Skip to main content


  • Case report
  • Open Access
  • Open Peer Review

Diabetic fetopathy associated with bilateral adrenal hyperplasia and ambiguous genitalia: a case report

  • 1Email author,
  • 2,
  • 1 and
  • 1
Journal of Medical Case Reports20082:251

  • Received: 01 August 2007
  • Accepted: 25 July 2008
  • Published:
Open Peer Review reports



Many fetal malformations can occur because of maternal diabetes. However, ambiguous genital organs have never been reported as an associated finding in the literature. This is the first report of associated ambiguous genital organ and bilateral adrenal hyperplasia in a case of diabetic fetopathy.

Case presentation

A 19-year-old Thai primigravida with familial history of diabetes mellitus (DM) was diagnosed as having gestational DM type 2, based on 100 g oral glucose tolerance test, and was poorly controlled with insulin injections. Delayed targeted ultrasonography at 28 weeks gestation revealed multiple fetal anomalies. The woman underwent low transverse cesarean section at 30 weeks gestation due to preterm labor and transverse lie. The newborn with ambiguous genitalia was delivered but expired after birth. Autopsy findings revealed alobar holoprosencephaly, a prominent forehead, hypotelorism, an absent nose, absent bilateral ears, median cleft lip and palate, preaxial polydactyly of the right hand, accessory spleens, single umbilical artery, markedly enlarged adrenal glands and ambiguous external genitalia The subsequent fetal chromosomal study revealed 46,XX.


We describe a case of diabetic fetopathy with classic facial malformation and preaxial hallucal polydactyly which has been proposed as a marker of diabetic embryopathy. Bilateral adrenal hyperplasia with ambiguous genitalia, an uncommon associated anomaly, was also identified. It is controversial whether adrenal hyperplasia can be a novel feature of diabetic fetopathy or just a coincidental finding. Further observation and adequate investigation are needed in such cases.


  • Congenital Adrenal Hyperplasia
  • Diabetic Mother
  • Maternal Diabetes
  • Polydactyly
  • Accessory Spleen


It is well known that maternal diabetes, type 1 or type 2 including gestational diabetes, increase the risk of congenital malformations [1]. The most frequent types of malformations involve the central nervous, cardiovascular, gastrointestinal, genitourinary, and skeletal systems [2]. Although in the present century, there have been significant improvements in the management and outcome of diabetic women and infants and most neonatal problems have declined, nevertheless diabetes-associated anomalies still remain a major health problem in Thailand [3]. While many fetal malformations occur as a result of maternal diabetes, ambiguous genital organs are not included. Overall, congenital adrenal hyperplasia is the most frequent cause of ambiguous genitalia in newborns and is the most common cause of virilization of female external genitalia [4]. The association of diabetic embryopathy with bilateral adrenal hyperplasia has never been reported in the English medical literature, based on online medical searching. We describe a case of maternal diabetes with multiple fetal anomalies and associated bilateral fetal adrenal hyperplasia.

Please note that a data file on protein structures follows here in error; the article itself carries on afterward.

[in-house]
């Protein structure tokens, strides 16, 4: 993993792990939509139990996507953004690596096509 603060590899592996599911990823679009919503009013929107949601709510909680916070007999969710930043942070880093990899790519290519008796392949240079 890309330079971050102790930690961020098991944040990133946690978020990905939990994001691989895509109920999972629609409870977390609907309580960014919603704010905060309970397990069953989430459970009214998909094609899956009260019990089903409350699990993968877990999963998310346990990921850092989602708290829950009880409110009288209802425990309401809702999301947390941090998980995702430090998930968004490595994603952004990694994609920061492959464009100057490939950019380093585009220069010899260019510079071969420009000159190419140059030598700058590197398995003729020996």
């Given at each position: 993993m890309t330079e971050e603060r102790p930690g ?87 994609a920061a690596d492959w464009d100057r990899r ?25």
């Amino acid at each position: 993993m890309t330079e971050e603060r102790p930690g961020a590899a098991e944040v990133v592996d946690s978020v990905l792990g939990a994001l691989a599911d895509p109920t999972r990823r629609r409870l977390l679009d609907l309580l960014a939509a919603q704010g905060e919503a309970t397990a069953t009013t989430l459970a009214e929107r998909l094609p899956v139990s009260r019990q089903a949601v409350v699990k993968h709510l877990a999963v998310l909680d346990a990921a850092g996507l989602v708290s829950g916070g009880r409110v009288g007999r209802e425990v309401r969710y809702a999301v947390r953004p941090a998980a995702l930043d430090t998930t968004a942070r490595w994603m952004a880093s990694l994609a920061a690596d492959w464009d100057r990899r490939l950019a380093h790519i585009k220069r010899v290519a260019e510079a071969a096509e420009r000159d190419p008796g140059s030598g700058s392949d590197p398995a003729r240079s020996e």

Case presentation

A 19-year-old Thai primipara presented at our outpatient department for routine antenatal care at 18 weeks gestation. She had no history of any underlying disease and denied family history of genetic abnormality or congenital adrenal hyperplasia. Her mother had a history of diabetes mellitus (DM), unknown type. Her 14-year-old brother also had a history of DM type 1 and was treated with insulin injections. However, the woman had never been tested for diabetes. 50 g glucose challenge test was performed at the first antenatal visit due to her family history of diabetes, showing 234 mg/dl, thus a 100 g oral glucose tolerance test was done. The result were 118, 227, 234 and 173 mg/dl at fasting, 1 hour, 2 hours and 3 hours post 100 g glucose ingestion, respectively. Gestational DM type 2 was diagnosed and the woman was treated with insulin injections. She had poor compliance with the treatment and had rather poor diabetic control. HbA1C level was high and the patient refused to be admitted as an inpatient to control her diabetes. Targeted ultrasonographic examination was postponed several times due to poor compliance and was finally carried out at 28 weeks gestation, revealing a single viable fetus in unstable lie with polyhydramnios and multiple fetal anomalies, consisting of holoprosencephaly, hypotelorism, median cleft lip and polydactyly of the right hand. Prenatal chromosomal testing was offered, but the woman refused and counseling of the fetal prognosis was subsequently provided to the couple. Low transverse cesarean section was performed at 30 weeks of gestation due to fetal transverse lie when she had preterm labor. The newborn with ambiguous genitalia was delivered with Apgar scores at 1 and 5 minutes of 4 and 3 respectively and was handed to the waiting neonatologist in the operative room. The newborn finally expired due to respiratory failure eighteen minutes after birth. The subsequent fetal chromosomal study revealed 46,XX.

An autopsy was performed four hours after death, showing an ambiguous sex infant weighing 1,720 grams and measuring 38 cm in length. The head, chest and abdominal circumference were 40, 20 and 20 cm respectively. Multiple facial anomalies were seen, consisting of a prominent forehead, hypotelorism, an absent nose, absent bilateral ears, and a median cleft lip and palate. Preaxial polydactyly of the right hand (figure 1A) and ambiguous external genitalia, with clitoral hypertrophy and hyperpigmentation (figure 1B), were observed. On examination of the internal organs, the uterus and both ovaries were in the normal anatomical position. There were two small accessory spleens identified at the splenic hilum. Markedly enlarged adrenal glands were seen (figure 1C) and serial sectioning revealed a homogenous tan-brown cut surface. The other internal organs were unremarkable. Examination of the brain revealed a single dilated ventricular cavity with no falx, corpus callosum or interhemispheric fissure (figure 2) and hydrocephalus with cerebrospinal fluid of 200 ml. Examination of the placenta and umbilical cord revealed only a single umbilical artery with no other significant abnormality.
Figure 1
Figure 1

A) Preaxial polydactyly of the right hand. B) Ambiguous external genitalia. C) Enlarged adrenal glands.

Figure 2
Figure 2

Alobar holoprosencephaly.